Frozen Flowers

Frosted Echinacea-3737
Frost made this echinacea flower an inviting subject to photograph.

On Monday we had the first frost of the year. Up until then, the weather had been mild and wet, so it felt as if it had come suddenly. There were still a few flowers in the garden, lasting much later than you might expect. And, of course, they were caught by the frost.

As you may imagine, this meant that I had a busy morning padding about the frozen garden with camera in hand.

Now that the plants are beginning to die back for winter, there’s not much left to photograph, so the intricate effects of frost give an opportunity that’s too good to miss. I took as many photographs as I could before the sun melted it all away. (And there will be more in later posts…)

Frosted passionflower bud-3769
A passionflower bud, caught by the frost.

The echinacea flower (PowWow White) was frozen through, and this has enhanced the green tinge to the ends of the petals. The emerging flowers start off pale green, with a vivid green cone, gradually maturing to a white flower with a golden-yellow cone.

This colour-change makes for more photographic potential. The plant is a new addition to the garden and I’m looking forward to following its progress with my camera during the next year.

Frosted-penstemon-3723
Frosted penstemon ‘Raven’ – hope it can cope with the cold!

The passionflower is ‘Constance Elliot’, which I wrote aboutΒ here. It was planted just last year and has flowered well during the late summer. The bud seems to have escaped any serious damage from the frost and the plant’s leaves are still firm and healthy-looking, so I reckon it hasn’t come to any harm. Even so, as it gets colder, I’ll protect the base of the plant with either mulch or frost-fleece.

If the winter gets really cold, I may also put fleece around the penstemons. I’ve lost a few of these in cold winters, but some varieties have gone on for years – especially ‘Garnet’, which seems to be hardier than most. (Pictured is ‘Raven’, which came through last year’s fairly mild winter easily. I hope it turns out to be thoroughly hardy too.)

The rose below is a tough old girl who doesn’t let anything bother her…’Zephirine Drouhin’, a rose that is both delightfully scented and thornless. This is probably my favourite plant in the whole garden. I’m glad that she doesn’t mind the frost!

Frosted roses-3755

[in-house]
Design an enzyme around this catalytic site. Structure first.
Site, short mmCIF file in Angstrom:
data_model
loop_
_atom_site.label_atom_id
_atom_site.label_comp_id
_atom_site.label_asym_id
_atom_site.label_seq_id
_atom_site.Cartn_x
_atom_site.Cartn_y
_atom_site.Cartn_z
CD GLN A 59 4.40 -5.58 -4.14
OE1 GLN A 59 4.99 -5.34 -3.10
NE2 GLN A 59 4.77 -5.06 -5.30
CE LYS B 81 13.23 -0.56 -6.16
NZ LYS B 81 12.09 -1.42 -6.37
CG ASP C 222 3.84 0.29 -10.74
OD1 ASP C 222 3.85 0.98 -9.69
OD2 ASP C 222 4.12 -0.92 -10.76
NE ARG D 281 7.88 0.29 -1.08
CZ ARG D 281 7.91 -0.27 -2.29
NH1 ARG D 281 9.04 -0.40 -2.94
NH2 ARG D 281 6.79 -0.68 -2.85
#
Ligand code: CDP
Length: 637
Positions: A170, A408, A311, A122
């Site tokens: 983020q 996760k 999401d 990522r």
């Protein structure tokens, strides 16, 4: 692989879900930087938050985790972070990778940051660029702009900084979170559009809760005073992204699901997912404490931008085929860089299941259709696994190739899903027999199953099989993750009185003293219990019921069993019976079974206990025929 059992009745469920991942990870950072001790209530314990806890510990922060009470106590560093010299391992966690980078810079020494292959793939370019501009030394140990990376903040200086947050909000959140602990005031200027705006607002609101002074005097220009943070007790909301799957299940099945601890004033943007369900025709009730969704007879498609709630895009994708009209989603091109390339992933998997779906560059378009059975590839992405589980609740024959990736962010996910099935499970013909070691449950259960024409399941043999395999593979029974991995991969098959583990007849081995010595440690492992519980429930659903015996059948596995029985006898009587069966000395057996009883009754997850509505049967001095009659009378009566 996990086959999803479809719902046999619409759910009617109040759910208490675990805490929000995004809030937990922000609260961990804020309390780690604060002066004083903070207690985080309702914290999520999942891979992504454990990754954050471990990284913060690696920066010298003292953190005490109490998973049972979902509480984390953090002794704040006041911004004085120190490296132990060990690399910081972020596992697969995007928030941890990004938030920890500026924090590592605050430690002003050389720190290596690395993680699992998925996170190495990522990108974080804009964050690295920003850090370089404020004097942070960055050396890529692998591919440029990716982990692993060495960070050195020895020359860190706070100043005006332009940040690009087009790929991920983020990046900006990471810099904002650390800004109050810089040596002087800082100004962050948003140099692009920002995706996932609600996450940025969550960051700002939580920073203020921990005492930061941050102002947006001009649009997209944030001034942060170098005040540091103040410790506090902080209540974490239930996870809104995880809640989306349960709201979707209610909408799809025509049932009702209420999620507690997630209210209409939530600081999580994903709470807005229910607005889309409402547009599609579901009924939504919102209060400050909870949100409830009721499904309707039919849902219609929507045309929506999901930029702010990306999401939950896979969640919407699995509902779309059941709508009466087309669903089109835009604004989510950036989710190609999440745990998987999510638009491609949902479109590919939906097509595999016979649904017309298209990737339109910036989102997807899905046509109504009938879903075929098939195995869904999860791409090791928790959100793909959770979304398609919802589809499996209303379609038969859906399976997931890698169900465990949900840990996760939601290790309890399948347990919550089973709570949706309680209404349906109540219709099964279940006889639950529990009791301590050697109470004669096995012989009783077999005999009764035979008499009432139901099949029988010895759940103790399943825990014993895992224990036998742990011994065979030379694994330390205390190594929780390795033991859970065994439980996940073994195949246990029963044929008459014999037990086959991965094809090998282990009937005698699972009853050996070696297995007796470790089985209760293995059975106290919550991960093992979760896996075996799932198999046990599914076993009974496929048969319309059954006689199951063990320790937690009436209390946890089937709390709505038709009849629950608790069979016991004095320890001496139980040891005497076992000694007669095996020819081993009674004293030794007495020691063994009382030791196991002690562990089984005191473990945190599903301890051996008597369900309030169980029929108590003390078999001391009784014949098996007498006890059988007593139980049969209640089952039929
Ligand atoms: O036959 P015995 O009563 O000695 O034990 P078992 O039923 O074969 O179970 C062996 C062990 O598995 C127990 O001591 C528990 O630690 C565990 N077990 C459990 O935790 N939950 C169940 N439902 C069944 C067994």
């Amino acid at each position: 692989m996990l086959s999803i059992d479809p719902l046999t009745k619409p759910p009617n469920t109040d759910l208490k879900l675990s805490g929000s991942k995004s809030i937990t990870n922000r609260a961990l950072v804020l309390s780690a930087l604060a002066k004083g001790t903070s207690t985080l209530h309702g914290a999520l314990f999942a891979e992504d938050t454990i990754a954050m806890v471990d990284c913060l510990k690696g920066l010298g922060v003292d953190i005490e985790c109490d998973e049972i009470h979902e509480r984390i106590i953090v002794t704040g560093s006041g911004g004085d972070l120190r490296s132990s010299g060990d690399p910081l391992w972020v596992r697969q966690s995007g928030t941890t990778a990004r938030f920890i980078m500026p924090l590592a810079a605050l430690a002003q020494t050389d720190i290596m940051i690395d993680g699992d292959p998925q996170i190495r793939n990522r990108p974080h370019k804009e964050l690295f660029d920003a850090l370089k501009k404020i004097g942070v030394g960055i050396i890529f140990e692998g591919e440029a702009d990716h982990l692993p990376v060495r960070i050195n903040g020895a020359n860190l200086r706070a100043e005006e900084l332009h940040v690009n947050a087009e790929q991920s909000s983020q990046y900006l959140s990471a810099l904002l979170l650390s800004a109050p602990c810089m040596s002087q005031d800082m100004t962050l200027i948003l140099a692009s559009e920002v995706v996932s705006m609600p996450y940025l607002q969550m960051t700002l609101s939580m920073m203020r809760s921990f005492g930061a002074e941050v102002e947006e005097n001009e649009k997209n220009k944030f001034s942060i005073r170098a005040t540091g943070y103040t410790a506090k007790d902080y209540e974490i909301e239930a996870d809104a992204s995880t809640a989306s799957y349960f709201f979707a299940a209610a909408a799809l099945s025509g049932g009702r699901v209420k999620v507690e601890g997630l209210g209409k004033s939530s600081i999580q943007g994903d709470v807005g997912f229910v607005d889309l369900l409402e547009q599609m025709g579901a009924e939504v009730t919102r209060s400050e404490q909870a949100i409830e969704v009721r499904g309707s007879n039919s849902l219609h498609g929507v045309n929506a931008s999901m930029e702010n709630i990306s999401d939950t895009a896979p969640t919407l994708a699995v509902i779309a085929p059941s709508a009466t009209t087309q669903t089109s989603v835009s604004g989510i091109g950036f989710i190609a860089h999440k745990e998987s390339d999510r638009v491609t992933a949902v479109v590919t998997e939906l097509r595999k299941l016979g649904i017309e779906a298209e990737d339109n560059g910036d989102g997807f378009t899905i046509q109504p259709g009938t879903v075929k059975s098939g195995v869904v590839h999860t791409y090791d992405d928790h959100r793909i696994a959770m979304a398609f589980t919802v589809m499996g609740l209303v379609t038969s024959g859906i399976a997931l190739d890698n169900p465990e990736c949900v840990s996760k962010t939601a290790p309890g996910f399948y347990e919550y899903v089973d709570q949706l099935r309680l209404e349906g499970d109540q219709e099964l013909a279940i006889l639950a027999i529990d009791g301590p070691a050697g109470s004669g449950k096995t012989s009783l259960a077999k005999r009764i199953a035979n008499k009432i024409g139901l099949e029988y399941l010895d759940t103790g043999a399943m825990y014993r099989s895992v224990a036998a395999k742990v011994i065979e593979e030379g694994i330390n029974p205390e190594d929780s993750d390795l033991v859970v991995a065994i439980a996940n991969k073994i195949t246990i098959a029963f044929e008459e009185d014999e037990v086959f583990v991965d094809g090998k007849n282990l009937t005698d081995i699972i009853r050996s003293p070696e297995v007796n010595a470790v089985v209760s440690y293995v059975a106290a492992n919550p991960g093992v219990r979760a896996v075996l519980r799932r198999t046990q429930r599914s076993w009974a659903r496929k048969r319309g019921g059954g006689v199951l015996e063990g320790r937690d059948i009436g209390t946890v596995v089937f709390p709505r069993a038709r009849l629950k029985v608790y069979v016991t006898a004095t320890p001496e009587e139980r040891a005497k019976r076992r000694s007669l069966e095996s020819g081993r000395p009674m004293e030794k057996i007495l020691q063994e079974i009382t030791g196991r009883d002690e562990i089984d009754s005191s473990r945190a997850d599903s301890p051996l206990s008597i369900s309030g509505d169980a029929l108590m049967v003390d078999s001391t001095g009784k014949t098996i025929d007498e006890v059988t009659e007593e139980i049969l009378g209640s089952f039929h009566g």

Rose ‘Zepherine Drouhin’, covered in frost now, but her flowers will perfume the air again next summer.

20 thoughts on “Frozen Flowers

  1. Looks like two different parts of nature are trying to give each other a challenge of survival .Of course,snow is the winner over delicate flowers,but I loved ‘rose is a tough old girl who doesn’t let anything bother her’.
    Your photographs are amazing 😊😊

    Liked by 1 person

    1. Thank you, Deeksha, your comment made me smile! The rose was in the garden when we arrived years ago and can surprise me with flowers late in the year. In the summer the perfume is lovely to be near… πŸ™‚

      Liked by 1 person

    1. We don’t get a lot of frost – global warming maybe – but I try to make the most of it when we do. And I always hope that there will still be a few flowers and seed-heads around to get frosted…great for photos! πŸ™‚

      Liked by 1 person

    1. Thanks Syd, glad you like them! πŸ™‚ I find that the garden looks quite sad when the leaves have all fallen – it just seems so bare! There’s a winter-flowering viburnum and winter jasmine, so there will be a few little flowers. But I’ll be very glad when spring comes!

      Liked by 1 person

      1. Hi Anne – Right now I am sticking to my inside violets that like the low south sun in the winter. They go crazy. Have to wait until Spring for my yard. Lucky you have some white winter flowers.

        Liked by 1 person

      2. It’s great to have flowers inside at this time of year. I have some cyclamen plants, so they’ll likely be my next photographic project… πŸ™‚

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    1. Looks like the frost hasn’t done any harm – even the passionflower bud looks surprisingly OK. (Doubt it will open though!) The echinacea flowers have had it – but the plant will be fine. πŸ™‚

      Liked by 1 person

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